SHENYANG, March 27 (Xinhua) -- An unused hostel restroom has been home to a poor migrant worker in a sprawling Chinese city for six years.
Zeng Lingjun, now 33, has built a home for his family since moving into the restroom in Shenyang. He has brought in simple furniture, gotten married, and had a baby, who is now 14 months old.
In the space of less than 20 square meters, Zeng placed planks over the squat toilet and uses the planks as a bed, which faces a small television placed on a table between two urinals. He has also hung a clock on the porcelain wall.
On the opposite wall, Zeng has pasted a red paper cut-out of the Chinese character "xi", or happiness -- a Chinese tradition to court good luck.
"I am satisfied with what I have now," said Zeng, who came to Shenyang for work 13 years ago with only 50 yuan (8 U.S. dollars) in his pocket. "Life actually is better here than where I used to rough it out."
Zeng has rented the toilet from the hostel near Shenyang's long-distance bus station for 8,000 yuan a year since 2006. He was also given, for free, a space in front of the hostel where he sits on a stool and polishes shoes for ten yuan a pair.
Zeng brings in about 2,000 yuan a month from the job, nearly double the minimum wage set by the government of Shenyang.
Zeng's wife, Wang Zhixia, was a migrant worker herself, but chose to become a homemaker since late in her pregnancy.
Zeng told Xinhua that he is so content with life that he named his child "Deyi" -- which means satisfying one's desire.
But living in a toilet is not always as "comfy" as he describes.
Though the restroom has long been deserted, Zeng said he has to flush the toilet frequently to "wash away" the stinky odors that creep down through the pipes from the functional toilet above his home. And long-term exposure to the humid atmosphere has left his child with eczema.
Zeng said he wants to find a better paying job and move his family into a proper home. But earning extra money is not easy, as he still has to wire money home to his aging parents in the countryside and the family will soon have to spend money on the child's education.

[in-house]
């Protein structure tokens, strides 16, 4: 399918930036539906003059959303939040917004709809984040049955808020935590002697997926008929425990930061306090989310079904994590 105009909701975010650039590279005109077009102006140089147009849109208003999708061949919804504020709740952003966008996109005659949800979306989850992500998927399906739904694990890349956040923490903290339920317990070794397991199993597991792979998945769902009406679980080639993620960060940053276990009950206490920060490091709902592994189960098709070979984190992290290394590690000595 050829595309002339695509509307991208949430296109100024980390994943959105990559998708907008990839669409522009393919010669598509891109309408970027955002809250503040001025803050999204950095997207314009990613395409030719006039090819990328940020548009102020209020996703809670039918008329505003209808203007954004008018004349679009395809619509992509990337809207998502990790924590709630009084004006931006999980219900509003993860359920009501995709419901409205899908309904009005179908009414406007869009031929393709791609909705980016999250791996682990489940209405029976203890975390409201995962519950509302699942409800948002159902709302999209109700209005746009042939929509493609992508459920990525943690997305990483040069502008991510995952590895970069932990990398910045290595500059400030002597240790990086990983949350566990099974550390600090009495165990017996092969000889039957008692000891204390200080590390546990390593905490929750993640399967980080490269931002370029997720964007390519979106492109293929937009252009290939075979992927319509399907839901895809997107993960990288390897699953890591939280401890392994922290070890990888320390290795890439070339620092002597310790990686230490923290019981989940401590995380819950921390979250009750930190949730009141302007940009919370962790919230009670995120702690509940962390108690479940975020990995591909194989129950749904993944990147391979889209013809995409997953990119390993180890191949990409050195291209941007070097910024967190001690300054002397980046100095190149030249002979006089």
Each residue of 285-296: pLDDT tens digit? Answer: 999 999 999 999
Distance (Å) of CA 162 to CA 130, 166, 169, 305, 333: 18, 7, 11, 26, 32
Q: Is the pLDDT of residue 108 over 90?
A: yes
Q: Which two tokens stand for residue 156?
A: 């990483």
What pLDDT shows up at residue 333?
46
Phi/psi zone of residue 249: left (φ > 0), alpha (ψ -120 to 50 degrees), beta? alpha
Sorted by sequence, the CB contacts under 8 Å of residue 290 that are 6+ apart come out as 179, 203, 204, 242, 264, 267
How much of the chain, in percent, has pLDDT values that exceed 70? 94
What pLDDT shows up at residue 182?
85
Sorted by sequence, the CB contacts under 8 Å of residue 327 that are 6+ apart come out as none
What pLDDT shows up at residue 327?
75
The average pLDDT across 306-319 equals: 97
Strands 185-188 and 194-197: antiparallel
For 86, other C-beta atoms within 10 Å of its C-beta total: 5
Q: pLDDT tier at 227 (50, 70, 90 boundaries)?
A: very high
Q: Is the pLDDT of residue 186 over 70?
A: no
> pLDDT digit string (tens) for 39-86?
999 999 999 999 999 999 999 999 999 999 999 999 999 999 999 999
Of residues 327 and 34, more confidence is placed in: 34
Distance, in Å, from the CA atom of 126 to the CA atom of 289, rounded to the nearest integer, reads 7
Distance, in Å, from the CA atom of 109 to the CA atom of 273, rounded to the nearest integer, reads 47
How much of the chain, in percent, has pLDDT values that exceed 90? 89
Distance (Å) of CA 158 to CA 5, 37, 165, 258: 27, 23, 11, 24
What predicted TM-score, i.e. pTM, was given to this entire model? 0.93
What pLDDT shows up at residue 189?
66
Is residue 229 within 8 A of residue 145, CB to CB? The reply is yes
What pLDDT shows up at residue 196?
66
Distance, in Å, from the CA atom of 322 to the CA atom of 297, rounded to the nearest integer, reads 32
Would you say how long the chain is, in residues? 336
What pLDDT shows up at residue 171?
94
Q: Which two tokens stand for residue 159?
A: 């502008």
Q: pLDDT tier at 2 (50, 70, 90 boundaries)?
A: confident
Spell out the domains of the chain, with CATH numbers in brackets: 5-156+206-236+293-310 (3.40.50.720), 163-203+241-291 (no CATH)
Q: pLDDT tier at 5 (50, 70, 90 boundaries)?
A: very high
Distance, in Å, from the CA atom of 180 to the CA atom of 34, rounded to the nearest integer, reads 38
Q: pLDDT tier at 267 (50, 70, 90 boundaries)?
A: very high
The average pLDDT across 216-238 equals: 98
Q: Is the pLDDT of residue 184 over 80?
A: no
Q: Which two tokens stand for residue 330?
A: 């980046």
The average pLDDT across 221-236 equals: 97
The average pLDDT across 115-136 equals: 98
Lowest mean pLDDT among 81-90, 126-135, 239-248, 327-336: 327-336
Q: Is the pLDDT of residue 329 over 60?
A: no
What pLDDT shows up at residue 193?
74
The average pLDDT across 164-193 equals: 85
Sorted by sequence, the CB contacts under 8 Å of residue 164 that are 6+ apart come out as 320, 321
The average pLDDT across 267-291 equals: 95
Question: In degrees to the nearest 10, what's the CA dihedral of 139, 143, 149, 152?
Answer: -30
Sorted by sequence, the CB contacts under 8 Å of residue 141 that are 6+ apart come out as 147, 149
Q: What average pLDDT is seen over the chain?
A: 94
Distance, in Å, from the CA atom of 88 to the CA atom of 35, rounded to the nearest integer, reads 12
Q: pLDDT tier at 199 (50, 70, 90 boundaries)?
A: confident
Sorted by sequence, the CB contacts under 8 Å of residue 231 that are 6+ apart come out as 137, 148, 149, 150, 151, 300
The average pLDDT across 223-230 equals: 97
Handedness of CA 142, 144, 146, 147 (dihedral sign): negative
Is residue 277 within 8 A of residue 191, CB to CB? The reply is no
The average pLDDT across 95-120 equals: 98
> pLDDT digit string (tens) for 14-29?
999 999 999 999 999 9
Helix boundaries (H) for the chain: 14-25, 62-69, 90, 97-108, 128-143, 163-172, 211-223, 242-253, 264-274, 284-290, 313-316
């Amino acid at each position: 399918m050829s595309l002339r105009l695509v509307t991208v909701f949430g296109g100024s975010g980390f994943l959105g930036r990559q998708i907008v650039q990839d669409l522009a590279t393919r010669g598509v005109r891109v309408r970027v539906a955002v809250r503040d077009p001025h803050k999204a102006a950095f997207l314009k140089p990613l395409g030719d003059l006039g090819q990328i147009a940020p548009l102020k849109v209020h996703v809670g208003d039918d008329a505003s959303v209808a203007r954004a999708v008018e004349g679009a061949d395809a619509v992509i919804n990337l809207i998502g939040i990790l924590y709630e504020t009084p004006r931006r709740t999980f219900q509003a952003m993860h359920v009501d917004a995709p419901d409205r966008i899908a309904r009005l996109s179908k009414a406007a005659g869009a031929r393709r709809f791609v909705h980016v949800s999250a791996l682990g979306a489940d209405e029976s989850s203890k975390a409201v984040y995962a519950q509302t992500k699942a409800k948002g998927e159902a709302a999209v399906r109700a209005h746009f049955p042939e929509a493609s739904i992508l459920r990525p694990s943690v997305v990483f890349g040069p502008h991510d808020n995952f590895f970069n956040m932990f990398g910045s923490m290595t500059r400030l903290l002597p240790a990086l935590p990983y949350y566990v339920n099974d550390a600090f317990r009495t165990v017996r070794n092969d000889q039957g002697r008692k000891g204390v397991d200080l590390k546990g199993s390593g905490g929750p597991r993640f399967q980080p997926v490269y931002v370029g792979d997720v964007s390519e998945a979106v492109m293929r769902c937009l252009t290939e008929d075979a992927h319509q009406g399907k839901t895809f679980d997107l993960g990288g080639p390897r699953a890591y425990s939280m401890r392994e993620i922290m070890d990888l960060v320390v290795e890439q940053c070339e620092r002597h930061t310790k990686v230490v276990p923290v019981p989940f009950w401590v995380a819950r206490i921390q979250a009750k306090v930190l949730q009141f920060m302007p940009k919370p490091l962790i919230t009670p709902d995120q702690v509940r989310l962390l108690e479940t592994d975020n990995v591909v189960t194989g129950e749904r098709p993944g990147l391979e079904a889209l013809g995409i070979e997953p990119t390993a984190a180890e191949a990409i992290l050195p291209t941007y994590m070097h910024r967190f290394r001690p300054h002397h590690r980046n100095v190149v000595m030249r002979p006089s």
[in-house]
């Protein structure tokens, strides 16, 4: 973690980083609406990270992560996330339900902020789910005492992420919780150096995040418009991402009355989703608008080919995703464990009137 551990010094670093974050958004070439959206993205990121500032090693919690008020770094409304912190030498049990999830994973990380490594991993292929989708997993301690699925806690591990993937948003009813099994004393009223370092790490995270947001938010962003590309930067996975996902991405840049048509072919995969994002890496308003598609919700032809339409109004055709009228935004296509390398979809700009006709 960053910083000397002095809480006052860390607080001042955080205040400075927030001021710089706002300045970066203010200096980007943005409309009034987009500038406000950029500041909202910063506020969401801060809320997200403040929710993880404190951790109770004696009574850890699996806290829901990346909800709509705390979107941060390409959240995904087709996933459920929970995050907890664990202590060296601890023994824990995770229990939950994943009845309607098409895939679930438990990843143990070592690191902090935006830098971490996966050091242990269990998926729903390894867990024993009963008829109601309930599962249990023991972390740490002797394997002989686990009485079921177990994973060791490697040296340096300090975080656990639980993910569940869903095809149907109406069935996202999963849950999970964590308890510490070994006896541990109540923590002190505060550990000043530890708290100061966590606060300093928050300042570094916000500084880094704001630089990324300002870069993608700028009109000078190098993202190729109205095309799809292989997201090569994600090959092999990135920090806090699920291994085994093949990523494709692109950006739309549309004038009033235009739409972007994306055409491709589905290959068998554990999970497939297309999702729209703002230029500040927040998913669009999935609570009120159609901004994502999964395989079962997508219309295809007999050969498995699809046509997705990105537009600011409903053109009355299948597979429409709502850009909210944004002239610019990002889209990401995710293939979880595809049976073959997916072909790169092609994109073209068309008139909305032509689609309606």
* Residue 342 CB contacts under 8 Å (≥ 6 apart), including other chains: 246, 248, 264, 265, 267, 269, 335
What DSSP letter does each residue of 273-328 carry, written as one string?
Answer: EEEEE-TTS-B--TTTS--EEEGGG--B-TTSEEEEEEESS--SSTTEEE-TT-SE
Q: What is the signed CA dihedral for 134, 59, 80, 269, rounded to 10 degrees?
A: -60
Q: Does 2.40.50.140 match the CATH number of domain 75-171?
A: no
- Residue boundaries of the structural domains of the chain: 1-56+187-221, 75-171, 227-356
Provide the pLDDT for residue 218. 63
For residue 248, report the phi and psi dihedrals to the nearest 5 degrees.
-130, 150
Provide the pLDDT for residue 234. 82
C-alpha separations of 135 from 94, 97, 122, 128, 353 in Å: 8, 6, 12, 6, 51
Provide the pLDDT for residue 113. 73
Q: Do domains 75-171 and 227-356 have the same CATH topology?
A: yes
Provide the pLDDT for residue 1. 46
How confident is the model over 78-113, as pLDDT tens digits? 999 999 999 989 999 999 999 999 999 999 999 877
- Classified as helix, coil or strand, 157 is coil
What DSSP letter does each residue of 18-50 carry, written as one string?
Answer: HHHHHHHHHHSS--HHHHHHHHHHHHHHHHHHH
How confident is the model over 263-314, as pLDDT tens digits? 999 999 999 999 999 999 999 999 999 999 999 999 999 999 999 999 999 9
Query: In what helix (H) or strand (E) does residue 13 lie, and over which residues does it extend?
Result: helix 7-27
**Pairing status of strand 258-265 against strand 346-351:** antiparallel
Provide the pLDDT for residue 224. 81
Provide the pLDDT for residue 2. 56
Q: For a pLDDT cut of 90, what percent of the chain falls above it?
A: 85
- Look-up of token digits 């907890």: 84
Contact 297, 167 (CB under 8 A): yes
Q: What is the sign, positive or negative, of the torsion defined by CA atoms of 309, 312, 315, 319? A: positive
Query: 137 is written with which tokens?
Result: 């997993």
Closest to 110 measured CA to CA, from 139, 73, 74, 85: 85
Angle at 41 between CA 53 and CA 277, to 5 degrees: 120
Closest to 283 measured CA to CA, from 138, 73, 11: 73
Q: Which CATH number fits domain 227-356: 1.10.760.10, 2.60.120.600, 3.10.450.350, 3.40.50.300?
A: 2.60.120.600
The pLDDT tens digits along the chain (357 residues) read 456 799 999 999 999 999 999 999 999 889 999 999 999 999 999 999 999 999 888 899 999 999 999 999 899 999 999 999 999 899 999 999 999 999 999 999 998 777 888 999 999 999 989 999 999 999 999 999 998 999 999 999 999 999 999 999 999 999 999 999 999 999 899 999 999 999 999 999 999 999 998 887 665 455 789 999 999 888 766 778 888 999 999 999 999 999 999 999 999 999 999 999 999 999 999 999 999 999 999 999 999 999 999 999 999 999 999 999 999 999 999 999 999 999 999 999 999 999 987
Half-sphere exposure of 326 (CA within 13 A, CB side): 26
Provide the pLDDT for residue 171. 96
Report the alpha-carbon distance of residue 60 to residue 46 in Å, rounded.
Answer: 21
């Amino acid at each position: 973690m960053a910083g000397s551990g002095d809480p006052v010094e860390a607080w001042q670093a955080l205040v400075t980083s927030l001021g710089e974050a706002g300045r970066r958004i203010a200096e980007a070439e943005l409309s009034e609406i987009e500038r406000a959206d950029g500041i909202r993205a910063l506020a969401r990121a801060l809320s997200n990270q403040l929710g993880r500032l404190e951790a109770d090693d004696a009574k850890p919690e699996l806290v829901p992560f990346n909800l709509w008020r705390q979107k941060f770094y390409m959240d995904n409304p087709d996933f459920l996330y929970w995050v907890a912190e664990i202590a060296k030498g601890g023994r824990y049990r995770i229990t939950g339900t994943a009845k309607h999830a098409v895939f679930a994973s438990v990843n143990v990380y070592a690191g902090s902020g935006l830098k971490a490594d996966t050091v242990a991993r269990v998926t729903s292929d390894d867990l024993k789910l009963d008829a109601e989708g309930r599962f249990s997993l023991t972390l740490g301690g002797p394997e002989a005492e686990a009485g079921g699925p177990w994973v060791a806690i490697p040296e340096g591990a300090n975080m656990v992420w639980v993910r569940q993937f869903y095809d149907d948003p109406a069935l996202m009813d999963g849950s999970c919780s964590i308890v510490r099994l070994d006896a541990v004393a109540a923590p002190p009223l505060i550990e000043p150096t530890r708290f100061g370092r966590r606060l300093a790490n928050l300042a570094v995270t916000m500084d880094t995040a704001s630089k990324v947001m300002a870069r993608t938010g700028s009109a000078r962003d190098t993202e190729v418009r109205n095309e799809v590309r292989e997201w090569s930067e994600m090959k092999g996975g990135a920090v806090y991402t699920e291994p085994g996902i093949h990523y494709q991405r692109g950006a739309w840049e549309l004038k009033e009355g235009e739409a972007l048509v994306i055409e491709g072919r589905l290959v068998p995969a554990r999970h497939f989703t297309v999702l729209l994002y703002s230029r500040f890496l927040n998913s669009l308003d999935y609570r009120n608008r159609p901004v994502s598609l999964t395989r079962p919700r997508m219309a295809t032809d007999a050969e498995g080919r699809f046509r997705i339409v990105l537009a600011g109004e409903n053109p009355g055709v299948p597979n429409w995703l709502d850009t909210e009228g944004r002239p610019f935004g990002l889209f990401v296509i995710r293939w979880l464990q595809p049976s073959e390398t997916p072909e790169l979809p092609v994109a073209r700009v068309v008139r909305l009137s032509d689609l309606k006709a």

Zeng's struggles caused an online sensation after pictures of his "toilet home" were posted on the Internet. Compassion poured in and aid money was pledged from around the country.
China's 240 million rural migrant workers in cities and factory towns are crucial for keeping the world's second-largest economy humming. But many migrant workers live in undesirable conditions, have limited access to health care, education, and social security resources, and they face challenges in holding their families and marriages together.
Many migrants in big cities rough it out in makeshift tents and basements or crowd into dilapidated apartment rooms.
"Migrant couples like the Zengs toil in cities for years. They create value for society and deserve a proper life," said Tao Shuangbin, a sociology professor at Shenyang Normal University.
"The government should draw more policies to support migrants in terms of housing and health care," he said.
Government officials said migrant workers in Shenyang will be allowed to submit applications for government-subsidized apartments by the end of this year.
Subsidized apartments are usually allocated to low-income city residents, excluding migrant workers who generally lack urban household registration, or "hukou," in their newfound cities. But rules have recently been relaxed in several cities to boost the welfare of migrant workers.
Fu Hongning, head of Shenyang's Migrant Workers Rights Protection Center, said that although only 10 percent of the 36,000 public rental housing units would be open to the families of migrant workers this year, it is an applaudable move taken by the Shenyang government in helping the struggling migrants in the city.
"The living conditions of some migrant workers will get a fundamental boost," Fu added.